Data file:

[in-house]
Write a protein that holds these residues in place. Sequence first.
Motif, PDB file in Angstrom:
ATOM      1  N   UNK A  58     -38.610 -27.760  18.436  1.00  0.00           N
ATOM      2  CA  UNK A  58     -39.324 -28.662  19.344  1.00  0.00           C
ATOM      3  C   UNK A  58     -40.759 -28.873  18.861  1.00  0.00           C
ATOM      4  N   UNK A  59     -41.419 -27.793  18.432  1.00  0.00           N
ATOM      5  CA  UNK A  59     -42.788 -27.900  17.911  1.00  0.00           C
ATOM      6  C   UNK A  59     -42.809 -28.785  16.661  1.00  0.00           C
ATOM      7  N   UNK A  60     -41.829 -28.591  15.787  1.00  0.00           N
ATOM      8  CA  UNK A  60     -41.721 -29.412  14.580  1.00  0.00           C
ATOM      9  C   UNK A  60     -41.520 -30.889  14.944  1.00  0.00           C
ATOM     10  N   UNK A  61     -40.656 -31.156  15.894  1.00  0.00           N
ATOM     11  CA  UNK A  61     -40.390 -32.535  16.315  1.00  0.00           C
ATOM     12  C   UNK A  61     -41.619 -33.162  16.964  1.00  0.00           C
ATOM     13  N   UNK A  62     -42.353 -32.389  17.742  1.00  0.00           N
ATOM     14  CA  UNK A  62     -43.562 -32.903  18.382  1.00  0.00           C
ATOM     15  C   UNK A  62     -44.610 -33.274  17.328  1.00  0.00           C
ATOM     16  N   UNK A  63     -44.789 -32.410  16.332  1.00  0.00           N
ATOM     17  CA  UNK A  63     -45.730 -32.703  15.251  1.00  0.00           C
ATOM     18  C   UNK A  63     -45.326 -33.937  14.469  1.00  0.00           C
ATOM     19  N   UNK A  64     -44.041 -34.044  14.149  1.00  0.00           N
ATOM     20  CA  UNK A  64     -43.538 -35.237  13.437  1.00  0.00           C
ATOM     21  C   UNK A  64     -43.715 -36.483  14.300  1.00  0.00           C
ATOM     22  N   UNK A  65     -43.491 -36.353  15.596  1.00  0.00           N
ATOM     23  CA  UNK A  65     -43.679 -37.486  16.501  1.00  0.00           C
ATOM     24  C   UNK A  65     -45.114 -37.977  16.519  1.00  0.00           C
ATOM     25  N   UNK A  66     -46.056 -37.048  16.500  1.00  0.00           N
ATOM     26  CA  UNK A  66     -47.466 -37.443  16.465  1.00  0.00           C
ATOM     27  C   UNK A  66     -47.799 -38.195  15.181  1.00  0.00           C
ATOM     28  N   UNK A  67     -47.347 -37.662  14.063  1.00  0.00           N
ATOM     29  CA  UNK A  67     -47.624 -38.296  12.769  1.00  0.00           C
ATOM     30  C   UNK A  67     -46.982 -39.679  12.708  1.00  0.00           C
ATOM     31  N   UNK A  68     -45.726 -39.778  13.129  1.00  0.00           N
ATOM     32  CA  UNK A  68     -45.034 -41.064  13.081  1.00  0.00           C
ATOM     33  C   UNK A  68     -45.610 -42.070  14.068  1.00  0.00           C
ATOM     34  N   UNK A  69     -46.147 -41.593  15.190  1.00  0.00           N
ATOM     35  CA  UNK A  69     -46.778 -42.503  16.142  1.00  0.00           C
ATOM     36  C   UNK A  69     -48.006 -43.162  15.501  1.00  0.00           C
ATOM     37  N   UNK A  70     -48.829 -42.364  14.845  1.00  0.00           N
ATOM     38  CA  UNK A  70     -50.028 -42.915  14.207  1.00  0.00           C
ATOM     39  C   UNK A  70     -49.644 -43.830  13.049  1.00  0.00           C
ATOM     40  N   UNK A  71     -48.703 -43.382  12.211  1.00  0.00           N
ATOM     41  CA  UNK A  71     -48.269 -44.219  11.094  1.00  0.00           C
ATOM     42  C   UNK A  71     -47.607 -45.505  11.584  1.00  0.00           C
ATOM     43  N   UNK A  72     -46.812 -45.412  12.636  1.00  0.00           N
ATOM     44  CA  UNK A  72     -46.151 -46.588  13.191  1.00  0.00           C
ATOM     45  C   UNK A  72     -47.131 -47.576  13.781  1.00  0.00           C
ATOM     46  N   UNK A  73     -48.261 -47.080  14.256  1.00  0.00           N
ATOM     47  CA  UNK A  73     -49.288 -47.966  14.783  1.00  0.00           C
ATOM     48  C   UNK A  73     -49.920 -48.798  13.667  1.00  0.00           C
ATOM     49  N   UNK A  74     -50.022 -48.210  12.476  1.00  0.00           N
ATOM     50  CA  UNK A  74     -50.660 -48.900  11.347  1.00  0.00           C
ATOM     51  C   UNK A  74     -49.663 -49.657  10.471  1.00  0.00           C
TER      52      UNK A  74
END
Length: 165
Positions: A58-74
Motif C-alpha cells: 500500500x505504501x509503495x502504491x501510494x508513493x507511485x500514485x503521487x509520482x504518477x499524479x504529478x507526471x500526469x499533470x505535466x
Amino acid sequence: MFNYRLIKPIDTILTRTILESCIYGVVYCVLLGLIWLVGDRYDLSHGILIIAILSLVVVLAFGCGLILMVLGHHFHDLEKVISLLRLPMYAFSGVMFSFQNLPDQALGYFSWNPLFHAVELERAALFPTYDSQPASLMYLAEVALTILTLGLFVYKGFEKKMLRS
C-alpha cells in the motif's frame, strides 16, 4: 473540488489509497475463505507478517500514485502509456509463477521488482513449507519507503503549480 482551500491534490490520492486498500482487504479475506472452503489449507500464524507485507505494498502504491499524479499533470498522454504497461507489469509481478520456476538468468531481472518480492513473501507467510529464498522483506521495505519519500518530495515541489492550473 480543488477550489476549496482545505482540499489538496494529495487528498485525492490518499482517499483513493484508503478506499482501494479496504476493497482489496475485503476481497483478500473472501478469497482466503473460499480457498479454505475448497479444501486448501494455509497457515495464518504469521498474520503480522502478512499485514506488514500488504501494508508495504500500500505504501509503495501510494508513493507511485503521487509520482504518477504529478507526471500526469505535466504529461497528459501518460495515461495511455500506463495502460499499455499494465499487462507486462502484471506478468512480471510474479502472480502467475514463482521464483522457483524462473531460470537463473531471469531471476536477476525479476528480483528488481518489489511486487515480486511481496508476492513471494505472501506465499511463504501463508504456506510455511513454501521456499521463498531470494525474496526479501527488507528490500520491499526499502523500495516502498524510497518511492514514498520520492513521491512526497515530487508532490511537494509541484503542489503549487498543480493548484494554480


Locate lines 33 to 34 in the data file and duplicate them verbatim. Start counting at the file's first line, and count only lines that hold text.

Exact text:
ATOM     30  C   UNK A  67     -46.982 -39.679  12.708  1.00  0.00           C
ATOM     31  N   UNK A  68     -45.726 -39.778  13.129  1.00  0.00           N